what then is this to thee? And I say not what is it to the dead, but
what is it to the living? What is praise except indeed so far as it
has a certain utility? For thou now rejectest unseasonably the gift
of nature, clinging to something else...
20. Everything which is in any way beautiful is beautiful in itself, and
terminates in itself, not having praise as part of itself. Neither
worse then nor better is a thing made by being praised. I affirm this
also of the things which are called beautiful by the vulgar, for example,
material things and works of art. That which is really beautiful has
no need of anything; not more than law, not more than truth, not more
than benevolence or modesty. Which of these things is beautiful because
it is praised, or spoiled by being blamed? Is such a thing as an emerald
made worse than it was, if it is not praised? Or gold, ivory, purple,
a lyre, a little knife, a flower, a shrub?
21.  If souls continue to exist, how does the air contain them from eternity?- But how does the earth contain the bodies of those who have been buried from time so remote? For as here the mutation of these bodies after a certain continuance, whatever it may be, and their dissolution make room for other dead bodies; so the souls which are removed into the air after subsisting for some time are transmuted and diffused, and assume a fiery nature by being received into the seminal intelligence of the universe, and in this way make room for the fresh souls which come to dwell there. And this is the answer which a man might give on the hypothesis of souls continuing to exist.
 But we must not only
think of the number of bodies which are thus buried, but also of the
number of animals which are daily eaten by us and the other animals.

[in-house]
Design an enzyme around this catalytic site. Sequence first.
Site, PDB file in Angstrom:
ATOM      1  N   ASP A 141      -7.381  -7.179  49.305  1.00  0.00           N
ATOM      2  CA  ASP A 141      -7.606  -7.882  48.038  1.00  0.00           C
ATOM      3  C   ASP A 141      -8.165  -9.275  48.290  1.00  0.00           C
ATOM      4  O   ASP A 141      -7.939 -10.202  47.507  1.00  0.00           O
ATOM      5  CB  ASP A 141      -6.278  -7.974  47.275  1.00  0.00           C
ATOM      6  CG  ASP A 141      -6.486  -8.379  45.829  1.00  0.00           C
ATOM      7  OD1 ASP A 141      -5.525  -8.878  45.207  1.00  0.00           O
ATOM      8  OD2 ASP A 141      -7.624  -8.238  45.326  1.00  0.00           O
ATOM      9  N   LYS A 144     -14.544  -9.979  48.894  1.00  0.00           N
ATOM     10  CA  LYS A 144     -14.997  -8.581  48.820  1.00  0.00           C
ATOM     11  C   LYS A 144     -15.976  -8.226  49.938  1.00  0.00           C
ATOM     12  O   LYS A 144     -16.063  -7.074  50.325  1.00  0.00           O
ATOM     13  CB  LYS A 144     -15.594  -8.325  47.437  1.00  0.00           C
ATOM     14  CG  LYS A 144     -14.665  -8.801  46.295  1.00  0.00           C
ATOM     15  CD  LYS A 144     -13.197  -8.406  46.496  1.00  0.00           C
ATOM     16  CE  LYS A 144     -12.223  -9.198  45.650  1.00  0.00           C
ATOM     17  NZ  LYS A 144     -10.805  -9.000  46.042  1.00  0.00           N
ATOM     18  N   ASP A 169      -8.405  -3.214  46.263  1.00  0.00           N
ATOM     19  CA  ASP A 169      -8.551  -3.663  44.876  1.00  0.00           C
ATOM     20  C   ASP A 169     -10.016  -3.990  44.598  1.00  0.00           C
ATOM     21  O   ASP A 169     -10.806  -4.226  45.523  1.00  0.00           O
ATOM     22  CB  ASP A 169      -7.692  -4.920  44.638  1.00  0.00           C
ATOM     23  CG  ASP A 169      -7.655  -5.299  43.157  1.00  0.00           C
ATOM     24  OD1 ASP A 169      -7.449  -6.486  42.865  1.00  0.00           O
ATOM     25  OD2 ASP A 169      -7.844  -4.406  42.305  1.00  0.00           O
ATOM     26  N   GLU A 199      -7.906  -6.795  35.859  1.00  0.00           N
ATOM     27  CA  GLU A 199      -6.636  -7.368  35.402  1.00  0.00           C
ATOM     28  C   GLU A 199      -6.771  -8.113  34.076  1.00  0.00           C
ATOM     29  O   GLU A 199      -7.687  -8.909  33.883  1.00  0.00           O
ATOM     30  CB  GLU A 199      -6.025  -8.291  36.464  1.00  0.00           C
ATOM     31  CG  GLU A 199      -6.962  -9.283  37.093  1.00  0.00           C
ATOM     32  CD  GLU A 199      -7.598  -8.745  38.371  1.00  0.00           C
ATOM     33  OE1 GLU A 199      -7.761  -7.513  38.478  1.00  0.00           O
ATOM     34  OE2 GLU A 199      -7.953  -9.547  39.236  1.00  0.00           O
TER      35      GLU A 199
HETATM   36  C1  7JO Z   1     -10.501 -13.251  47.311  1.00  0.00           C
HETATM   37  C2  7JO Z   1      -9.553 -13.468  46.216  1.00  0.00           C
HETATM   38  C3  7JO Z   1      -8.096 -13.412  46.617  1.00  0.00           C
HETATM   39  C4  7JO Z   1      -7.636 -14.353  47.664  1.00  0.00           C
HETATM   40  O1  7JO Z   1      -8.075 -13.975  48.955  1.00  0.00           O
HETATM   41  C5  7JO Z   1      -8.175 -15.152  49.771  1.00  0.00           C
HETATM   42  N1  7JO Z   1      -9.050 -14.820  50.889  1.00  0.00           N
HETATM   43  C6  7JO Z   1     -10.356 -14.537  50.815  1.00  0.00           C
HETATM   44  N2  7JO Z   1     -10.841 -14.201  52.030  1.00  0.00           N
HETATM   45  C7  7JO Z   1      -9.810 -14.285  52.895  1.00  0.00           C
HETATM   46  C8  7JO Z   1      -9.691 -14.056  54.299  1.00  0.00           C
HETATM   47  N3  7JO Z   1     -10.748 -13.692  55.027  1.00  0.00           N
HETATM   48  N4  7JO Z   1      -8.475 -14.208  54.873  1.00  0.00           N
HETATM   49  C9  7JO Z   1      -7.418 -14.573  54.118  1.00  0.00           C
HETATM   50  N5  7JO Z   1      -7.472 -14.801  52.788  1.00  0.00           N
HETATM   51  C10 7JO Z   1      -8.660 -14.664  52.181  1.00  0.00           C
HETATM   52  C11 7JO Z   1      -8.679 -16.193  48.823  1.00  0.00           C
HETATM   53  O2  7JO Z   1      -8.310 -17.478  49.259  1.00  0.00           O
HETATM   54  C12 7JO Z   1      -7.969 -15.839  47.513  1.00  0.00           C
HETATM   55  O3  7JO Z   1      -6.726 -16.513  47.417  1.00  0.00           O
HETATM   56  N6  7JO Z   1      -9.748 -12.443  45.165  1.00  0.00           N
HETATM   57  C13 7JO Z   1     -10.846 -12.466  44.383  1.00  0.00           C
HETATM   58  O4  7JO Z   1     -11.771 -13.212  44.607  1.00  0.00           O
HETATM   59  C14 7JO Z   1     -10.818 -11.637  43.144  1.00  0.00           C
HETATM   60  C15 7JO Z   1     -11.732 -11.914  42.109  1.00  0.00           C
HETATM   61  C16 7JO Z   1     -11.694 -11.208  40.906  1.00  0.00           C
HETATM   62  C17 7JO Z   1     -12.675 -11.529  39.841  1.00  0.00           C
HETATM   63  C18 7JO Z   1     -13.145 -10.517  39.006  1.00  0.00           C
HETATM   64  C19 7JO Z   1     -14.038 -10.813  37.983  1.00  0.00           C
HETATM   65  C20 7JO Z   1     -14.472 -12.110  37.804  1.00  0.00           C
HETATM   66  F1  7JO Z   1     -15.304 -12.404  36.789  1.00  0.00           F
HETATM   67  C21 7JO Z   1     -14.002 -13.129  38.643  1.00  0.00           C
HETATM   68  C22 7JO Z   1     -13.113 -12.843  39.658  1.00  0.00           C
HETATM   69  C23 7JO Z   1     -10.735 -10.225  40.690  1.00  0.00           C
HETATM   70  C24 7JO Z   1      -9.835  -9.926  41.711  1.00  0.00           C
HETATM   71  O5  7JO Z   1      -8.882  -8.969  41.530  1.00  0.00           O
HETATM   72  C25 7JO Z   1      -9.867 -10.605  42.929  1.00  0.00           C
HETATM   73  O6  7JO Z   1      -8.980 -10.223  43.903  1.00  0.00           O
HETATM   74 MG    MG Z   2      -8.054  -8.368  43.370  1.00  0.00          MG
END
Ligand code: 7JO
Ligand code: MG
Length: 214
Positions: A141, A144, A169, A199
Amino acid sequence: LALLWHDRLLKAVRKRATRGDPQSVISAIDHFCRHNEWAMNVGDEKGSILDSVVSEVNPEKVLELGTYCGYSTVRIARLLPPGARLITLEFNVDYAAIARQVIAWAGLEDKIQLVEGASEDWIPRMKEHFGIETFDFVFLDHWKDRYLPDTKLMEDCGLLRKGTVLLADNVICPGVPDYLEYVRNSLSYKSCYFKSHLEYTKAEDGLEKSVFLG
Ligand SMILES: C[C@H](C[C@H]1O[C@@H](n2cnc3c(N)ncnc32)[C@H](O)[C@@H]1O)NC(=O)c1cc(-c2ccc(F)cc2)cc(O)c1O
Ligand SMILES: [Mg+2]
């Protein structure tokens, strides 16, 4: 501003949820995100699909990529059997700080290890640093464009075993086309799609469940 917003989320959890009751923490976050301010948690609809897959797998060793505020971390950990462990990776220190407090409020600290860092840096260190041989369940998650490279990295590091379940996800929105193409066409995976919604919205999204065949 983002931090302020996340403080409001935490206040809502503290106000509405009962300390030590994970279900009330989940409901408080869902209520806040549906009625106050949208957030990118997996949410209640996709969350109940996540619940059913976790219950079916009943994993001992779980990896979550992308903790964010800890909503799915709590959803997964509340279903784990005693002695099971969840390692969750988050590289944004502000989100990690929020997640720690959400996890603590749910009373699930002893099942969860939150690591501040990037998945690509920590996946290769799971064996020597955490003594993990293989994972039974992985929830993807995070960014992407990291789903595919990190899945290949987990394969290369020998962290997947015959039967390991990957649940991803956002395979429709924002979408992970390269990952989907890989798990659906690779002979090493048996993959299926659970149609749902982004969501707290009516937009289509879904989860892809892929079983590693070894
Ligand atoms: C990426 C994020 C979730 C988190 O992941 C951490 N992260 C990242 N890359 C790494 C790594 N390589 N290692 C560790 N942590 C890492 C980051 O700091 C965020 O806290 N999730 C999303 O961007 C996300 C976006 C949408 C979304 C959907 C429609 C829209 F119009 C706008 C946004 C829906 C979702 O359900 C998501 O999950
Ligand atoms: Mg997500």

For what a number is consumed, and thus in a manner buried in the
bodies of those who feed on them! And nevertheless this earth receives
them by reason of the changes of these bodies into blood, and the
transformations into the aerial or the fiery element.
23. Everything harmonizes with me, which is harmonious to thee, O Universe.
Nothing for me is too early nor too late, which is in due time for
thee. Everything is fruit to me which thy seasons bring, O Nature:
from thee are all things, in thee are all things, to thee all things
return. The poet says, Dear city of Cecrops; and wilt not thou say,
Dear city of Zeus?
24. Occupy thyself with few things, says the philosopher, if thou wouldst be tranquil.- But consider if it would not be better to say, Do what is necessary, and whatever the reason of the animal which is naturally social requires, and as it requires. For this brings not only the tranquility which comes from doing well, but also that which comes from doing few things. For the greatest part of what we say and do being unnecessary, if a man takes this away, he will have more leisure and less uneasiness. Accordingly on every occasion a man should ask himself, Is this one of the unnecessary things? Now a man should take away not only unnecessary acts, but also, unnecessary thoughts, for thus superfluous acts will not follow after.
26. Hast thou seen those things? Look also at these. Do not disturb thyself.